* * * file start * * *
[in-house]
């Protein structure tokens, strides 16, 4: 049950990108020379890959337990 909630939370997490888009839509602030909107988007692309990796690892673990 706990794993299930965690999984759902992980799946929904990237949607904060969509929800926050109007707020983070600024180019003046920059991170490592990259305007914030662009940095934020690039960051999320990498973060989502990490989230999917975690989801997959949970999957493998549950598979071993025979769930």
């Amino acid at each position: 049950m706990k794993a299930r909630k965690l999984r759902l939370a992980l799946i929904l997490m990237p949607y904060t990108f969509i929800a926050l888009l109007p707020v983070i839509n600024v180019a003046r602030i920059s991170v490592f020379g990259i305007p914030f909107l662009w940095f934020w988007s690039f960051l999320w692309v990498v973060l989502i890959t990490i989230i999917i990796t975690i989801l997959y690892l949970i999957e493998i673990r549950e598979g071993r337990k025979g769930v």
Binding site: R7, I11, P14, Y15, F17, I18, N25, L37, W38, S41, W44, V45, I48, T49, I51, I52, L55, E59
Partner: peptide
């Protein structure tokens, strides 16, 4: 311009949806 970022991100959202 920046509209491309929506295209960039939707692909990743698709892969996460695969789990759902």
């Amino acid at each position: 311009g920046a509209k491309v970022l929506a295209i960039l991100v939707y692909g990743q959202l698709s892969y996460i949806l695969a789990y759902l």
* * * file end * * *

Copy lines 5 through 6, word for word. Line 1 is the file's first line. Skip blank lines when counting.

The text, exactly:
Partner: peptide
């Protein structure tokens, strides 16, 4: 311009949806 970022991100959202 920046509209491309929506295209960039939707692909990743698709892969996460695969789990759902």